Verify: Do roundabouts really fix traffic problems?

Do roundabouts really fix traffic problems?

Roundabouts seem to be popping up all over central Arkansas as a solution to alleviate traffic backups, but do they really work?

The city of Benton is booming. Their population is growing, new businesses are opening up, but the downside of that is traffic is increasingly becoming a problem for residents. Their solution to the problem is to introduce roundabouts.

We wanted to know what the city and project managers hoped to accomplish with the roundabouts and how exactly they fix traffic problems. We reached out for their comments, but didn't get a response by the story's deadline.

So, we turned our focus to Conway, the so-called "City of Roundabouts."

"Roundabouts are meant to alleviate the back up of traffic you would get at a traffic signal because you do not have to stop basically," said Officer Joseph Rowe, with the Conway Police Department's Traffic Division.

Over the past few years, Conway has built roundabouts all throughout the city. Rowe said there was a learning curve when they were first installed, but offered some tips.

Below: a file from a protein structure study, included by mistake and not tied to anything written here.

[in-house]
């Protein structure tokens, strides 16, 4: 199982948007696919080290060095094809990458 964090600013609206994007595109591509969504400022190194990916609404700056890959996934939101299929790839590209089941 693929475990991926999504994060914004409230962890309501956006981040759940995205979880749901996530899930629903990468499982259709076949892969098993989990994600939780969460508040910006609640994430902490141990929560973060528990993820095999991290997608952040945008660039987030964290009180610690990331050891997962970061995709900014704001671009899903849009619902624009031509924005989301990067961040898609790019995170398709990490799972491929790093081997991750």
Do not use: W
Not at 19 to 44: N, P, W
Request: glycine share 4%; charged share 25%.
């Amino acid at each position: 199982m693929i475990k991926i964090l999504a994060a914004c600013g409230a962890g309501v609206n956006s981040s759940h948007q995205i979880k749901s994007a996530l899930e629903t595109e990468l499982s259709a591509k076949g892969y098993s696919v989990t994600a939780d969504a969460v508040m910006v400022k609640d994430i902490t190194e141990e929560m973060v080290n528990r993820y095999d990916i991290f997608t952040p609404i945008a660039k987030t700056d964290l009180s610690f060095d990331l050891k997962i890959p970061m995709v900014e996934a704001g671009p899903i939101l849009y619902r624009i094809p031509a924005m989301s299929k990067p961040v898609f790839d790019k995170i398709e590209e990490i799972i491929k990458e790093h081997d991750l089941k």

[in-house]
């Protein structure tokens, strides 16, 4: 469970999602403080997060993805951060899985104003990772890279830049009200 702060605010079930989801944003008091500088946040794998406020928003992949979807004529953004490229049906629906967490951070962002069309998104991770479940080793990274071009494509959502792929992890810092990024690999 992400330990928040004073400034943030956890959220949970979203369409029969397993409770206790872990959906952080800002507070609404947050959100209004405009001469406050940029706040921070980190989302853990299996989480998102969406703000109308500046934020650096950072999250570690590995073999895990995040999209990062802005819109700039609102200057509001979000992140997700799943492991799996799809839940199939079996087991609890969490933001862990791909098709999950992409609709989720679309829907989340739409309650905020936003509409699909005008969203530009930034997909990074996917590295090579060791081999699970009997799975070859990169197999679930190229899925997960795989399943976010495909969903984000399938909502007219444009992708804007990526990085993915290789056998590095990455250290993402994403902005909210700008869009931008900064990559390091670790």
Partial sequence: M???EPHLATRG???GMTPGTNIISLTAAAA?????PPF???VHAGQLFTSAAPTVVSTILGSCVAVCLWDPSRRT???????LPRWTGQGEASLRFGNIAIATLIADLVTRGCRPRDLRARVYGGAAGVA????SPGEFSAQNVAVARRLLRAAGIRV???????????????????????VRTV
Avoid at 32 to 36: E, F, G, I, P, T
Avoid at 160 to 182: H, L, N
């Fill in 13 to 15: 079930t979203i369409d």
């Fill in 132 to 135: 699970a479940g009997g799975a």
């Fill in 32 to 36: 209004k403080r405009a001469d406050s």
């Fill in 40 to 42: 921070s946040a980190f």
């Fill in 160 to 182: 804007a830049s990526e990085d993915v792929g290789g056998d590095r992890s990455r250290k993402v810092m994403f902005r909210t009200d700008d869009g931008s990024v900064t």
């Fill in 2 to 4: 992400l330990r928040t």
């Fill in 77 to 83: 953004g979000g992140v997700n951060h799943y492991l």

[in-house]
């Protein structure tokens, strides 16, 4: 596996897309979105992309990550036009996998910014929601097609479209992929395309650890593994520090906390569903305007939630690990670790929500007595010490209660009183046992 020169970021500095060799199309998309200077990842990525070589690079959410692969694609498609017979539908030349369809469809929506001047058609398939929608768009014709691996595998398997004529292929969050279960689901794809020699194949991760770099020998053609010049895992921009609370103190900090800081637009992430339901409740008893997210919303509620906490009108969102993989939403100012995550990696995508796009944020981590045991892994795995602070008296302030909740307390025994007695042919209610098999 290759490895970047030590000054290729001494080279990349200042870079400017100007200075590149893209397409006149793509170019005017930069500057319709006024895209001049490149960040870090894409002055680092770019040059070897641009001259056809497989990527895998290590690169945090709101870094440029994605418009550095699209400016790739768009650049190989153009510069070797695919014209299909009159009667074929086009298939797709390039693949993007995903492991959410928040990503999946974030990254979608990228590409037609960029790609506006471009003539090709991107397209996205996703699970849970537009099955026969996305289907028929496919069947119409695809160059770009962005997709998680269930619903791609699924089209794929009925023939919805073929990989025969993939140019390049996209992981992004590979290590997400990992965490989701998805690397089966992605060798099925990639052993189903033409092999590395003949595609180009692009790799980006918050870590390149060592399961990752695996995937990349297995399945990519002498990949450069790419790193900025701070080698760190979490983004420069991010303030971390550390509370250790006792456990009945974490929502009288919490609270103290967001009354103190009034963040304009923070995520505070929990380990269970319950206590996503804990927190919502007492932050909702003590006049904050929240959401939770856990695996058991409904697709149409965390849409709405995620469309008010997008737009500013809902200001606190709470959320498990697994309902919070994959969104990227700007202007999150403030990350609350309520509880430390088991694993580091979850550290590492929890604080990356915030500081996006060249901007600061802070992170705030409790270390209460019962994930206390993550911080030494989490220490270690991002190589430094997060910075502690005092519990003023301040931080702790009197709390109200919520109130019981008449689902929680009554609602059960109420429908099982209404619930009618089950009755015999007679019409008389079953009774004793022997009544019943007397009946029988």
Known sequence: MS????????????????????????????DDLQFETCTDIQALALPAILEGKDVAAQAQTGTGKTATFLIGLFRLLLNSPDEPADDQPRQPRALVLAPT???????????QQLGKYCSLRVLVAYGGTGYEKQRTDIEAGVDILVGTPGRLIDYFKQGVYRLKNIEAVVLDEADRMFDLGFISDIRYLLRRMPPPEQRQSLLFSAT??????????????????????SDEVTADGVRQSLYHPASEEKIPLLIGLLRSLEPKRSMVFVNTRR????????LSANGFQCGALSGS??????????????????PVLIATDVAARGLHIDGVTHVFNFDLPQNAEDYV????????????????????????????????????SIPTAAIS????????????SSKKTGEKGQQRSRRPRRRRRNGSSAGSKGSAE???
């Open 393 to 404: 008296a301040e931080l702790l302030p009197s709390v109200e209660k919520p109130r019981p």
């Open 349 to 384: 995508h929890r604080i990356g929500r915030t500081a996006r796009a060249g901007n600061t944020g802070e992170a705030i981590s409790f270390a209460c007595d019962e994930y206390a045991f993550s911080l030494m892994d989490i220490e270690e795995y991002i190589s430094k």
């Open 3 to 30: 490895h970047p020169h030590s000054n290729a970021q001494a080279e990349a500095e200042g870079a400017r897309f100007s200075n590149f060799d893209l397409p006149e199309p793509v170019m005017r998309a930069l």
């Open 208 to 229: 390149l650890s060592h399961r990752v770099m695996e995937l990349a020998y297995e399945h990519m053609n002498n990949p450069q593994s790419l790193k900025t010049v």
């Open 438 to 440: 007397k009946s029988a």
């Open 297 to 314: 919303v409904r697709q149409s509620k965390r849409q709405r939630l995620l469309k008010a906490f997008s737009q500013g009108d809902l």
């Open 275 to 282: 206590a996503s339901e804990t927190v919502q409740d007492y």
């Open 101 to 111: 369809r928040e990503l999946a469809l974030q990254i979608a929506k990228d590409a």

"A good rule of thumb is if you're in the outside lane of a multi-lane roundabout, you're only going through the roundabout. You're continuing on straight in the direction you're going," he said. "If you're in the inside lane, then you can navigate around the roundabout. So if you need to make a left hand turn onto another road in the roundabout, you want to be in the inside lane."

And finally, do they work?

"Yes, we have seen a lot of our traffic congestion has gone down because of the roundabouts,” he explained.

Officer Rowe said roundabouts can help with speeding, even though that's not their primary goal.

A report by the Federal Highway Administration and Insurance for Highway Safety said that roundabouts reduce fatality collisions by a staggering 90 percent. It also said injury crashes were reduced by 75 percent and a 40 percent reduction in pedestrian collisions.

VERIFY: Sources

Washington State Department of Transportation

Federal Highway Administration and Insurance Institute for Highway Safety

Officer Joseph Rowe, Conway Police Department

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